The Malta Independent 17 May 2022, Tuesday

Doing all we can to become extinct

Evarist Bartolo Tuesday, 25 January 2022, 06:44 Last update: about 5 months ago

Over 2000 years ago, the Jewish sage Hillel warned us: “He who refuses to learn deserves extinction.” During this Covid crisis, Pope Francis re-echoes Hillel’s warning, when he says: "Worse than this crisis, there is only the tragedy of wasting it, withdrawing into ourselves, against others." In the same sermon at the end of May 2020, Pope Francis exhorts us not to yield to the "temptation to defend one's ideas with the sword and get along only with those who think like us."


The reality checks of Covid-19 and the climate crisis have not been enough to convince us human beings living on this blue dot in the universe to cooperate to save ourselves from extinction. We continue to turn against each other. We form blocs to confront each other. We act to decouple our economies from each other. We stress the differences amongst us as if the diversity of civilizations we belong to make it impossible for us to learn to live together.

Yet at the same time we say that we have to work together to address the existential global challenge we face, the climate crisis. We want to believe in the fairy tale that we can fight on everything, but then work peacefully only on climate action and live happily ever after. We cannot solve the climate crisis if we do not address the political climate crisis of global distrust and polarisation. The old unipolar world is dying, the new multipolar world is struggling to be born and we must find ways of managing the severe turbulence we are all going through.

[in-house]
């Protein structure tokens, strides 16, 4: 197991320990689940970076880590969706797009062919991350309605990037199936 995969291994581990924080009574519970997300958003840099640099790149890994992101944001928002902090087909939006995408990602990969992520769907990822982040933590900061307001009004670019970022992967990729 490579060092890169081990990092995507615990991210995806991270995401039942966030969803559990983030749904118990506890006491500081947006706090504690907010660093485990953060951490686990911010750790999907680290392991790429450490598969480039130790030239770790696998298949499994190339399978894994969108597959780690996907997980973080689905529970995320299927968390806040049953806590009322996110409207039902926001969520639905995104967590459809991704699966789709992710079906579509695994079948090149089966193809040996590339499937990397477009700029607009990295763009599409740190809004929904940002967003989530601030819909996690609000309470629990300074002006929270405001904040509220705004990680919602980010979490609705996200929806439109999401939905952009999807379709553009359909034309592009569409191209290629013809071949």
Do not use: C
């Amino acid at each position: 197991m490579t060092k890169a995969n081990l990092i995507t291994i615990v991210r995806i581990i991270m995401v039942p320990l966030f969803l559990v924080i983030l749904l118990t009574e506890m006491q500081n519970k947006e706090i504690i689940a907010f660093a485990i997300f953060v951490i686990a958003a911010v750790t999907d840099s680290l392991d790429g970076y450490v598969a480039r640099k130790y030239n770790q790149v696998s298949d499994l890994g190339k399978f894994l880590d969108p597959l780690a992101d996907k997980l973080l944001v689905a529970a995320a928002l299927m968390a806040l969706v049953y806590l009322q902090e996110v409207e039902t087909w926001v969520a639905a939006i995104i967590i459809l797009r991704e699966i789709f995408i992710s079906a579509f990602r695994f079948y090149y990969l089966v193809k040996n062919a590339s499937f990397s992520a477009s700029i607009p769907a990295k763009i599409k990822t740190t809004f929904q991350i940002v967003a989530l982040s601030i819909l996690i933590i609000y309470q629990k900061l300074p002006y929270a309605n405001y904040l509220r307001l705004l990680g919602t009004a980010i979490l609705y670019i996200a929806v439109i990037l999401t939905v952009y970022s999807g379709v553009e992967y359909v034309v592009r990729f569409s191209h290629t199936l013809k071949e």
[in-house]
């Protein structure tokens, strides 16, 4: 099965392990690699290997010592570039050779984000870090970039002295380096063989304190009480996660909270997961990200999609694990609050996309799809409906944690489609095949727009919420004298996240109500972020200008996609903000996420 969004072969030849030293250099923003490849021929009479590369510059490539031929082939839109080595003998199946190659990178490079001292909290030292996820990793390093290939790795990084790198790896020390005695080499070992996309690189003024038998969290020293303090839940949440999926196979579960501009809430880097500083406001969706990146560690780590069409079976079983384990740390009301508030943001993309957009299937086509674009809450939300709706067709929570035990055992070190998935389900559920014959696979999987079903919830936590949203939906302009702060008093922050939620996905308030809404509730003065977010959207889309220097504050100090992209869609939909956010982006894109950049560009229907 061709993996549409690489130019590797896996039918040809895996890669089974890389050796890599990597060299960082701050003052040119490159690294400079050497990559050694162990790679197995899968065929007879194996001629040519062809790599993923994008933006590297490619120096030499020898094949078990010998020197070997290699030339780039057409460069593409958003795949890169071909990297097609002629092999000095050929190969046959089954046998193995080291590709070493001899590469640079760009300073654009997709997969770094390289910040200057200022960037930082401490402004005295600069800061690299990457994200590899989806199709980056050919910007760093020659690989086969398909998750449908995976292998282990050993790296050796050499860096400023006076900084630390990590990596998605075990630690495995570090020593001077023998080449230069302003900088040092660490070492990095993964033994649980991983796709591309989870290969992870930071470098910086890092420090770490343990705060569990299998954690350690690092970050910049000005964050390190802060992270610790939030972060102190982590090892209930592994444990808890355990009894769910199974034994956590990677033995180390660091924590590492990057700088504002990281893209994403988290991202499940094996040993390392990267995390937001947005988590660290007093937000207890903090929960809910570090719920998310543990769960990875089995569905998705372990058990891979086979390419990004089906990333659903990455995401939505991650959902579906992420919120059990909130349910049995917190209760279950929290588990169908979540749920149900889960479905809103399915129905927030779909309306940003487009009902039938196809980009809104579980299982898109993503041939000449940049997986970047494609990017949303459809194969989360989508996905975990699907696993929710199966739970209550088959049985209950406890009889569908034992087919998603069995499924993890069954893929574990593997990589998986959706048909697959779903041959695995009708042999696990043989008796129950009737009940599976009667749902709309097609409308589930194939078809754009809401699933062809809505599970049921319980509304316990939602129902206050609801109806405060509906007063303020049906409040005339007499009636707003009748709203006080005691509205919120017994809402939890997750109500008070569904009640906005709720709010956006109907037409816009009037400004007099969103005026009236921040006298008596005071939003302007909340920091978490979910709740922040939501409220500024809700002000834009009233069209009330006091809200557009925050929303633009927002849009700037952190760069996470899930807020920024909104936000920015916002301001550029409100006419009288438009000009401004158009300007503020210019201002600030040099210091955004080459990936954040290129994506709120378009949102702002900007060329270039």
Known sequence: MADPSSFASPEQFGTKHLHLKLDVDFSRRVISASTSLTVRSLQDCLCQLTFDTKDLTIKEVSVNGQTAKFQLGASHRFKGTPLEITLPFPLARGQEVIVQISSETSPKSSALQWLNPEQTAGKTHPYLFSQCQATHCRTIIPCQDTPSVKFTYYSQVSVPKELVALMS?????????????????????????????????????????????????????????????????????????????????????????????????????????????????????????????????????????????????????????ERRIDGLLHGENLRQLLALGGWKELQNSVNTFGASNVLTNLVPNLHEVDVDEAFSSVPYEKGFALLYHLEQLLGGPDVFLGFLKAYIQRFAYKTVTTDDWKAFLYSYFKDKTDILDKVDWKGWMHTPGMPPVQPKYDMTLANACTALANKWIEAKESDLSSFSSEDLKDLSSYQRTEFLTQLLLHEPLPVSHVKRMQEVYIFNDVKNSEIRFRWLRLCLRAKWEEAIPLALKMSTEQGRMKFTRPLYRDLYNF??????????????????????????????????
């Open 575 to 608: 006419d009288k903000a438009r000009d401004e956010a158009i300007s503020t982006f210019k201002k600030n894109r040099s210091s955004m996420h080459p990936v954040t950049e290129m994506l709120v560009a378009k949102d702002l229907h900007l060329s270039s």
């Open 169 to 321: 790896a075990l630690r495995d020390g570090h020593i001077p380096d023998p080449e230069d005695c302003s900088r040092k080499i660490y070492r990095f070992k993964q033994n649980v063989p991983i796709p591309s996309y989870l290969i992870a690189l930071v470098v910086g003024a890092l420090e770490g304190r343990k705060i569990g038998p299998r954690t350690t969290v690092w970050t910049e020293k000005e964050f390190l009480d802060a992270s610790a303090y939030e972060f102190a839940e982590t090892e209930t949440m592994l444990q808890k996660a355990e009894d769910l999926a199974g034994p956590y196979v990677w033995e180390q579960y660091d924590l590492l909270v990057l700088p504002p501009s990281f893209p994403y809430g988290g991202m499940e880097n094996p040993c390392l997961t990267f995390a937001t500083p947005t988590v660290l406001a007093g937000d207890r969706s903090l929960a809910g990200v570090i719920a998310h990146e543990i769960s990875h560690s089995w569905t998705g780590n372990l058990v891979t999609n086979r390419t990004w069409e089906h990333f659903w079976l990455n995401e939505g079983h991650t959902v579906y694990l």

Political leadership is needed to manage this turbulence and create the conditions for security cooperation. Dialogue and negotiation are mostly needed with those with whom we least agree. Our political climate has become so toxic that simply calling for hostile neighbours to sit together is dismissed as naïve at best and denounced as a betrayal at worst. We have weakened multilateralism through division, polarisation and mutual distrust and then we blame multilateral structures as being fragile and ineffective.

But rather than blame these structures, we should have the courage and honesty to look into ourselves and reflect what we are doing to them, how we are behaving, how we are using them and abusing them. An English proverb says: “A bad workman always blames his tools.” A Russian proverb tells us: “Don’t blame a mirror for your ugly face.”

We have deprived inclusive multilateral structures and processes of leadership, legitimacy and resources and then blame them for being dysfunctional. We set up alternative arrangements of fake multilateralism that often marginalise and exclude those we disagree with and withdraw into a bubble of “like-minded” countries and talk to ourselves.

We are practicing politics as the continuation of war by other means, as the role of the military in formulating and implementing foreign policy is growing. The military industrial complex has become an integral part of the export sector of the economy in different countries. The armaments industry needs new markets and so needs new tension and conflicts to justify the purchase of yet more armaments. Military expenditure continues to grow. Budgets are always available for war while spending on climate action, health, education and humanitarian aid often face budget shortfalls.